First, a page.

It’s not hard to be in the moment when you’re at the beach. This morning we saw a dolphin, a wild one, close enough to be amazed at its size. They are REALLY big! Much bigger than they look on TV. It moved away from us but we continued to see its fin as it swam through the Gulf waters.
It’s easy to be cynical about the damage we’re doing to the earth these days. We seem to forget what a tiny part of the system human kind represents. But it only takes a dandelion poking through a crack in the sidewalk to remind me how resilient nature is.
“Another world is not only possible, she’s on the way and, on a quiet day, if you listen very carefully you can hear her breathe, ” I find this quote from Arundhati Roy really encouraging. When I look at the world this way it’s easier to continue efforts at recycling, limiting travel and other small steps that lower my carbon footprint. Believe me, it’s still bigger than I’d like but it’s all about small steps.
I look to serve the cause of the earth, its flora and fauna. My mind goes right to my garden as I write this, to the creatures who drink from my stream and bird baths, the birds who eat at the feeder and the deer who occasionally nip the rosebuds from my bushes. The word serve is operative here.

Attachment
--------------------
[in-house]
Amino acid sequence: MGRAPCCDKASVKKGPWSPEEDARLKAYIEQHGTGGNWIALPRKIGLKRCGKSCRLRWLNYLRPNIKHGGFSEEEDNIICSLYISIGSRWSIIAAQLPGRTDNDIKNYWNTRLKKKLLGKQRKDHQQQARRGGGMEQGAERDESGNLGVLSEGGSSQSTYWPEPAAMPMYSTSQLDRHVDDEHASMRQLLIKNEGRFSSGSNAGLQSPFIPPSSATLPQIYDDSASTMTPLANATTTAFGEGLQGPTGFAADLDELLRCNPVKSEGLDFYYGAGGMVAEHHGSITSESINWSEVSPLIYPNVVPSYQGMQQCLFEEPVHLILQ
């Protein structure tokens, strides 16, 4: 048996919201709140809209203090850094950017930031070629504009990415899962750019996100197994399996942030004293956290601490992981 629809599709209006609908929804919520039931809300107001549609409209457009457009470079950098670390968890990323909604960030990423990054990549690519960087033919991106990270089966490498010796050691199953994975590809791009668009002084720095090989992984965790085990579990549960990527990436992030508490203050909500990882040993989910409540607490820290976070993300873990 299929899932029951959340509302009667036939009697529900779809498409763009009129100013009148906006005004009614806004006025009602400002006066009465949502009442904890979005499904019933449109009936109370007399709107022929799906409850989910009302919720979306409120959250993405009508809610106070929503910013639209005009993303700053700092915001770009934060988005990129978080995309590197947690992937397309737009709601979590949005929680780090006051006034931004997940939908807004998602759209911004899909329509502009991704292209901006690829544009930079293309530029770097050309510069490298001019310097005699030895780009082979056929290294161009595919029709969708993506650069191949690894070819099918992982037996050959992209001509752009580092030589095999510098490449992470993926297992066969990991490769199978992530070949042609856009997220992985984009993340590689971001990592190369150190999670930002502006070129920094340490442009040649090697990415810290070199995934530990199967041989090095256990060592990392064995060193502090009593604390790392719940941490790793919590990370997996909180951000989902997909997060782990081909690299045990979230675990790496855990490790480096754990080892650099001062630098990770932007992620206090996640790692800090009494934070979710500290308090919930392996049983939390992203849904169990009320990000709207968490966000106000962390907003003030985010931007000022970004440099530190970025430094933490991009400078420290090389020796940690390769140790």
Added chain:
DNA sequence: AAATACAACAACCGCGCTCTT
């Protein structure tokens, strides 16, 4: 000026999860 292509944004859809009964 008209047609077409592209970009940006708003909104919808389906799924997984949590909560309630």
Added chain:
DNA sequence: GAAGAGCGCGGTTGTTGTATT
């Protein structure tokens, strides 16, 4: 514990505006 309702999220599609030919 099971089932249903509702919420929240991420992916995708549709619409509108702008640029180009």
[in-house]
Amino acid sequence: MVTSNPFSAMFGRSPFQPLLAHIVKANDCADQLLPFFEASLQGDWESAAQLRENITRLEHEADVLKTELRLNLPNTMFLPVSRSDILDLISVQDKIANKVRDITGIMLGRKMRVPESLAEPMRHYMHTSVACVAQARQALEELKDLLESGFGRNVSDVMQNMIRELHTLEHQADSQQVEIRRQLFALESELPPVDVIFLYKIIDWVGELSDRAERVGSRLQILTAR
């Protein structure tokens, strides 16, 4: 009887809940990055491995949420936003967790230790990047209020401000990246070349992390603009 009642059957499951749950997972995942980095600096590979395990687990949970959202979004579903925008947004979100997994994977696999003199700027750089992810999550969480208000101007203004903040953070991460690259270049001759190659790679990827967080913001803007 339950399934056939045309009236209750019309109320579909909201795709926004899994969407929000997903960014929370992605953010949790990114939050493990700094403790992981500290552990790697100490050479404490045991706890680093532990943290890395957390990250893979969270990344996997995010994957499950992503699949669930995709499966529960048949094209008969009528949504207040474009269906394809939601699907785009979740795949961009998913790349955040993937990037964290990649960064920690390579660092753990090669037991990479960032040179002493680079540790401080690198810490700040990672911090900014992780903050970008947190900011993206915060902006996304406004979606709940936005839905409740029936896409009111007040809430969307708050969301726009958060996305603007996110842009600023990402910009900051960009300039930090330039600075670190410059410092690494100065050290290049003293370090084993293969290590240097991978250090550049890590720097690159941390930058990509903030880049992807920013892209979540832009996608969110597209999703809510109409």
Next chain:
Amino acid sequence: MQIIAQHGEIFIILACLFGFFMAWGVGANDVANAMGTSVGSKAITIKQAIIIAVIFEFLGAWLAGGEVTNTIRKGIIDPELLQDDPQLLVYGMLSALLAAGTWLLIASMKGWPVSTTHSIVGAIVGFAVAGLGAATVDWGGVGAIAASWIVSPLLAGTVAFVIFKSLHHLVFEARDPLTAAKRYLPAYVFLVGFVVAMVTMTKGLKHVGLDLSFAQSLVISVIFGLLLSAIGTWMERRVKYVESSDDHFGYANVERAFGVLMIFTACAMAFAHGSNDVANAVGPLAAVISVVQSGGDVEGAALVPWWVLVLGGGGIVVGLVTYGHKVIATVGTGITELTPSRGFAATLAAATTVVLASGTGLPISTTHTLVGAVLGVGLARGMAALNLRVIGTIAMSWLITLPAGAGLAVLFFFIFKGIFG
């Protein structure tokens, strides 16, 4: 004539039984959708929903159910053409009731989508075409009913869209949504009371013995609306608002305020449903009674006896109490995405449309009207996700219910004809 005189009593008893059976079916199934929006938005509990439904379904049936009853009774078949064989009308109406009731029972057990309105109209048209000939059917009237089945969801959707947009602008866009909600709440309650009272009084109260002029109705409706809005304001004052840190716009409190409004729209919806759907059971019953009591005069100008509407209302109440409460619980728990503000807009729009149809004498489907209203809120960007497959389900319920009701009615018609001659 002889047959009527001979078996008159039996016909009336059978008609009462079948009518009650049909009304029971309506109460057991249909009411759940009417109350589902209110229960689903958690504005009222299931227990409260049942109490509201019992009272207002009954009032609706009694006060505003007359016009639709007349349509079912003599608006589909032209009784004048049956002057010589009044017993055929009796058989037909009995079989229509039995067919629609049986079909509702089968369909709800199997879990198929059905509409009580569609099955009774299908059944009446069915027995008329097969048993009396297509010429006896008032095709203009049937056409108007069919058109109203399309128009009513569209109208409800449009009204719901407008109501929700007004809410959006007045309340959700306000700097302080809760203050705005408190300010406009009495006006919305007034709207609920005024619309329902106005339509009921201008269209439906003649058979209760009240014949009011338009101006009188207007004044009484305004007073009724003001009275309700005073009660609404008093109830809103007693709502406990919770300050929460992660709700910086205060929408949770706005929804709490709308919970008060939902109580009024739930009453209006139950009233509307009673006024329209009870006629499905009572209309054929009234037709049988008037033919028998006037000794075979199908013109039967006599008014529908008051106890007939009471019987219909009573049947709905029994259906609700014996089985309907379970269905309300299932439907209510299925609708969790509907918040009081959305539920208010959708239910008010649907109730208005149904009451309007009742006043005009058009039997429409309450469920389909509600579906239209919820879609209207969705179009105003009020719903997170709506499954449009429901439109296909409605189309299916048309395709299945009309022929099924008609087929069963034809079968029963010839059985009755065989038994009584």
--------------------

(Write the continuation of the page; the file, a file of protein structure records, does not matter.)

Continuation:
Service comes from the spirit rather than the ego. When we serve, it is from a level playing field. We engage friends and neighbors as equals, listen to their ideas and needs and find creative ways to join those needs and ideas with our own.
The earth and Iowa in particular are rich with potential solutions to the crises we face today—clean water and local food in particular. However, the best way to address them is to start in our own homes and communities.
Often we forget the resiliency of the natural world, and take on too much responsibility for her survival. This perspective can lead to cynicism and hopelessness. To turn the trashing of the earth around, we must remain hopeful and courageous.